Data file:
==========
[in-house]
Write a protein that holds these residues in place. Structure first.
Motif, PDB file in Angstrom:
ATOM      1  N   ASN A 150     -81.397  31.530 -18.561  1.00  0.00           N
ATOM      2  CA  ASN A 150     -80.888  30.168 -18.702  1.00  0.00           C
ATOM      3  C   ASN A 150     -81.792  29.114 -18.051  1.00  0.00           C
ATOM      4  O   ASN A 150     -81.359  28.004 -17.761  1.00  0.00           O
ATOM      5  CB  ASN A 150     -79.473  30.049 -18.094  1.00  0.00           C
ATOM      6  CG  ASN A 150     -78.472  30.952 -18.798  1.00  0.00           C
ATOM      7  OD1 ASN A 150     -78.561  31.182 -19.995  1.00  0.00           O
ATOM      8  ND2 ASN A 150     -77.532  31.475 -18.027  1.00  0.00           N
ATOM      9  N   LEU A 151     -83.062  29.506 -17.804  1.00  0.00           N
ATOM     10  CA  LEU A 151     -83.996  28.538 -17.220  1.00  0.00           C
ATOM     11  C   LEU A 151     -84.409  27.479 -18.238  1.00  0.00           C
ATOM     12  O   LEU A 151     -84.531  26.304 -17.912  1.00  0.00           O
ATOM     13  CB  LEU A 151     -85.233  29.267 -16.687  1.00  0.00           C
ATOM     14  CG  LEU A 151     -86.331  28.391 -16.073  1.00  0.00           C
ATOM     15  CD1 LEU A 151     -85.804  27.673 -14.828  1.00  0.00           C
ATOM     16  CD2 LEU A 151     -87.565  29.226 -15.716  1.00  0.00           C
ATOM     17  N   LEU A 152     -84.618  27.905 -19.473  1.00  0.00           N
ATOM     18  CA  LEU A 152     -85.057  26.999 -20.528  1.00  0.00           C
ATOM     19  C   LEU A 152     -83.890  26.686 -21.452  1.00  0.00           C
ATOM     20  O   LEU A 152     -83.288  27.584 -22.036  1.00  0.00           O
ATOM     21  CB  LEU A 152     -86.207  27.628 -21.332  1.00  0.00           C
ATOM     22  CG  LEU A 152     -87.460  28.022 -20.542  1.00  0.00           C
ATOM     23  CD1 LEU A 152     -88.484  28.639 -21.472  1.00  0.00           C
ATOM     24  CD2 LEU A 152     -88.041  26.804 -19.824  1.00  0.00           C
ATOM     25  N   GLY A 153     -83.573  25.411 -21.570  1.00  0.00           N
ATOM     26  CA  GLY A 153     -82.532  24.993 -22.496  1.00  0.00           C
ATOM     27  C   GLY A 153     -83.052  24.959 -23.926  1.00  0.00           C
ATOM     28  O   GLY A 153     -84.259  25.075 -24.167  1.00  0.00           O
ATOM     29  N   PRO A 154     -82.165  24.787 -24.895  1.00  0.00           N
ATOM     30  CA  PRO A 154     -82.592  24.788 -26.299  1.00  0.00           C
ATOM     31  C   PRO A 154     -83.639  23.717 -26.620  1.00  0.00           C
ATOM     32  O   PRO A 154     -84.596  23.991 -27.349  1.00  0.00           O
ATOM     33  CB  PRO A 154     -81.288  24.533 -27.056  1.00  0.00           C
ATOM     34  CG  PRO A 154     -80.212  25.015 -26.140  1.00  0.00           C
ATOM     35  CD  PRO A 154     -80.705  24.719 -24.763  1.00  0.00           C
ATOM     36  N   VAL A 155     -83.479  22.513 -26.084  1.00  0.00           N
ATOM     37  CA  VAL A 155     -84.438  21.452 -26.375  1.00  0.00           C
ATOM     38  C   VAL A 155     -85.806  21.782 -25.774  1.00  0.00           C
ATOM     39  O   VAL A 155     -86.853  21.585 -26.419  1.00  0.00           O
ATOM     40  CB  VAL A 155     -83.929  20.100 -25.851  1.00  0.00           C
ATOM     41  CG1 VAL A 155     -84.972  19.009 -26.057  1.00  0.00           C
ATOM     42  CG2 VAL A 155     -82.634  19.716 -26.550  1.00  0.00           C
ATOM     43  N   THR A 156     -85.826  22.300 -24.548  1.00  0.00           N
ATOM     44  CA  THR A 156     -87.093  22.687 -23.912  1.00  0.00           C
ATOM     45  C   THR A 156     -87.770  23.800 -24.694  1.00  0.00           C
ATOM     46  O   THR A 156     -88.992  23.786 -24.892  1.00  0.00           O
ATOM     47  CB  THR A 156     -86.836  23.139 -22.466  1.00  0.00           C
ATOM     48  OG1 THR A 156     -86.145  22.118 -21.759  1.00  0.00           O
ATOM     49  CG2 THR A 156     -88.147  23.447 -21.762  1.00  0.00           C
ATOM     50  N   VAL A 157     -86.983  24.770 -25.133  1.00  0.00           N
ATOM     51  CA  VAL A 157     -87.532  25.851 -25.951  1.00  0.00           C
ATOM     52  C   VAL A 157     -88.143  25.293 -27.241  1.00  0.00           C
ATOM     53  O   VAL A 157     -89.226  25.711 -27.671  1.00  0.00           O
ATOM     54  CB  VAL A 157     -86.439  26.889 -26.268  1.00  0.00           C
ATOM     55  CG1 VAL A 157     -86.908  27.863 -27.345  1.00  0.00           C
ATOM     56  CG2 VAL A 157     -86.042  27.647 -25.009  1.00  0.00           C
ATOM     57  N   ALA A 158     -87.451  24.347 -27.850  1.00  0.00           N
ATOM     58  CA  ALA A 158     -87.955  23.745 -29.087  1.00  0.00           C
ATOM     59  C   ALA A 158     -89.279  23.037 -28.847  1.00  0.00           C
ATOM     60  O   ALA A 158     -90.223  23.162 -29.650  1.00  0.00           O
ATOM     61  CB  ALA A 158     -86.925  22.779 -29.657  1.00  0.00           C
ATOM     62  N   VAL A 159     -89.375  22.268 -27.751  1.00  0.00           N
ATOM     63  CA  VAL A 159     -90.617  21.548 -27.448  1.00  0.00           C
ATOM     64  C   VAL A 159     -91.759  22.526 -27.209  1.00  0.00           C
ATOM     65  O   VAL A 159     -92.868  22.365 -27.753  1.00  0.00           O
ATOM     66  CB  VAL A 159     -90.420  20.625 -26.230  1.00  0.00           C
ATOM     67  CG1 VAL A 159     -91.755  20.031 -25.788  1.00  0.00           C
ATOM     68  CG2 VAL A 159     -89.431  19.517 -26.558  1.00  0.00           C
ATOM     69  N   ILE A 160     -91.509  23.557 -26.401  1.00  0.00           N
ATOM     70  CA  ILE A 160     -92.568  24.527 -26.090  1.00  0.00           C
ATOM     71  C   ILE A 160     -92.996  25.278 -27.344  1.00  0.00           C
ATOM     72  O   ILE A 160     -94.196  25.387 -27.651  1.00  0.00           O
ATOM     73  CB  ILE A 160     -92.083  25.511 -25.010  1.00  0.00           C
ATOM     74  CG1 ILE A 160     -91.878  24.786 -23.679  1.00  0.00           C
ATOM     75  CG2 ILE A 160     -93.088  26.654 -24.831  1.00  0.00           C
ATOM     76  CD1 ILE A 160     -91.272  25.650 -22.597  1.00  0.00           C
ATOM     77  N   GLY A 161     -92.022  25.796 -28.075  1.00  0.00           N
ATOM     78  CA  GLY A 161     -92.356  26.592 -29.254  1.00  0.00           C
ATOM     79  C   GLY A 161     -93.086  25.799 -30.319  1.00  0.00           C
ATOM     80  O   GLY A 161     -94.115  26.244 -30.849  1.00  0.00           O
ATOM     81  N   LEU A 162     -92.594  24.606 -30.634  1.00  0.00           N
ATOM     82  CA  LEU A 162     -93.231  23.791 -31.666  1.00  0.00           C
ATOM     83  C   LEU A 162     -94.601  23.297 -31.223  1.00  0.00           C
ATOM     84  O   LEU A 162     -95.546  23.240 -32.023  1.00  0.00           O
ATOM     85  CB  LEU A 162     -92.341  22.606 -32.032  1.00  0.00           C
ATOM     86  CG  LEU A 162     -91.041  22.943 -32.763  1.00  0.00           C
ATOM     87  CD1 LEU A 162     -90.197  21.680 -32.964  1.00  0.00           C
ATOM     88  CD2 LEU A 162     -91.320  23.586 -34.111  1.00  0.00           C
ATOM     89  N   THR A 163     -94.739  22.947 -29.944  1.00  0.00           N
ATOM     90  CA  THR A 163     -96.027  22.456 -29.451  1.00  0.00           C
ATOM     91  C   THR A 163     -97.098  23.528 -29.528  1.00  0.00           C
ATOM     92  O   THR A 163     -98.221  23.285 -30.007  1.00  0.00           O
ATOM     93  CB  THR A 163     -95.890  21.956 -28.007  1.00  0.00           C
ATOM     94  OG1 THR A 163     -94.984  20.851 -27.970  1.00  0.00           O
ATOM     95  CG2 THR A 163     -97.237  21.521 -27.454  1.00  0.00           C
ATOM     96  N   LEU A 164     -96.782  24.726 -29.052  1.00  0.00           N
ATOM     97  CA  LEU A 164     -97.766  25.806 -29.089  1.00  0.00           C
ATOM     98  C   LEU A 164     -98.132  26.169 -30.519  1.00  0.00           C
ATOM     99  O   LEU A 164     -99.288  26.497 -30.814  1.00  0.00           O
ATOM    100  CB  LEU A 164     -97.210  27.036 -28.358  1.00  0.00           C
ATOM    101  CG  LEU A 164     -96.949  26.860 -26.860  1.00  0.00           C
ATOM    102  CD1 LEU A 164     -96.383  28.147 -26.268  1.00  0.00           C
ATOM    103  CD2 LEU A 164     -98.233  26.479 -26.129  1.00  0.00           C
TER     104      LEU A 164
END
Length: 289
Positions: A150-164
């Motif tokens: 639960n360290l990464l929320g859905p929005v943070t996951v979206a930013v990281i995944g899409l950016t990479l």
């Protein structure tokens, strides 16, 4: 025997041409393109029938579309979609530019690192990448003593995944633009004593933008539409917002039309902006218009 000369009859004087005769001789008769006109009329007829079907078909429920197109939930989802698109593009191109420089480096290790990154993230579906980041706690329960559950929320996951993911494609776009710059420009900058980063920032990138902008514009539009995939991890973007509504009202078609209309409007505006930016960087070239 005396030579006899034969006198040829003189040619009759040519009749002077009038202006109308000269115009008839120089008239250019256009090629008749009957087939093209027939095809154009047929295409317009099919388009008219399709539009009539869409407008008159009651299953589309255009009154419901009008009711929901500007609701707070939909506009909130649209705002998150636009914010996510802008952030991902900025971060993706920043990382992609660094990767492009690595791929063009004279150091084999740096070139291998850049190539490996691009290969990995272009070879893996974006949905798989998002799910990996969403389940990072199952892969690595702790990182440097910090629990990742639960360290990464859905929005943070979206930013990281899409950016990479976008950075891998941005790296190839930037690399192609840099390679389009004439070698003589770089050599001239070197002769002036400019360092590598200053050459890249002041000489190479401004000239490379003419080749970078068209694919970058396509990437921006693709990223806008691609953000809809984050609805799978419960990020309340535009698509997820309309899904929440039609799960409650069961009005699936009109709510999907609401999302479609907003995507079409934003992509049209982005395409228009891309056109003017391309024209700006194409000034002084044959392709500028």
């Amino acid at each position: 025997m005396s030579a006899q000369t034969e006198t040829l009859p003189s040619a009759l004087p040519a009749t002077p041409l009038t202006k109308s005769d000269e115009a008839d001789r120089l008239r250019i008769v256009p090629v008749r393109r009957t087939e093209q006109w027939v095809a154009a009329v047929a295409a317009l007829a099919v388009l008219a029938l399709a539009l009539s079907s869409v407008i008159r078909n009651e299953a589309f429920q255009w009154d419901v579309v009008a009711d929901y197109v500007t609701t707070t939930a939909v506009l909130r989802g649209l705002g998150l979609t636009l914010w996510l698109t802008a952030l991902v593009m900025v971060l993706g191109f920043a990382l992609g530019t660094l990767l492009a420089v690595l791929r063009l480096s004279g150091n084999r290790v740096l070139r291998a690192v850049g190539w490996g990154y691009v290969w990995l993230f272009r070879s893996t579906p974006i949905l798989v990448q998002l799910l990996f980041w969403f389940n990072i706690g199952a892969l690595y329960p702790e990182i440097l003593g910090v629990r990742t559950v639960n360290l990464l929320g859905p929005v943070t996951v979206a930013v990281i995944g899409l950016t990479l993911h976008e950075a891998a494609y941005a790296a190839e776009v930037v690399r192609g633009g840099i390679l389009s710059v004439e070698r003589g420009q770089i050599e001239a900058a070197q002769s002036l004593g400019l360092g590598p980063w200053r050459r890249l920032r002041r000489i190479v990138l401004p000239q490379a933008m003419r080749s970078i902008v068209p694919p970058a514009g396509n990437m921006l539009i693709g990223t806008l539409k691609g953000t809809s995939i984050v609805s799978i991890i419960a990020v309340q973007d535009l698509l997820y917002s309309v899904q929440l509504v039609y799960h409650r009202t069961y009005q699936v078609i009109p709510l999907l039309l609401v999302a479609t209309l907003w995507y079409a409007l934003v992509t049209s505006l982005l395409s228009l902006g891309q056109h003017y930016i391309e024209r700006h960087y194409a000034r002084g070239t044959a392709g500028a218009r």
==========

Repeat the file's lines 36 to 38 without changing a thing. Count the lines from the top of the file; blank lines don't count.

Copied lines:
ATOM     33  CB  PRO A 154     -81.288  24.533 -27.056  1.00  0.00           C
ATOM     34  CG  PRO A 154     -80.212  25.015 -26.140  1.00  0.00           C
ATOM     35  CD  PRO A 154     -80.705  24.719 -24.763  1.00  0.00           C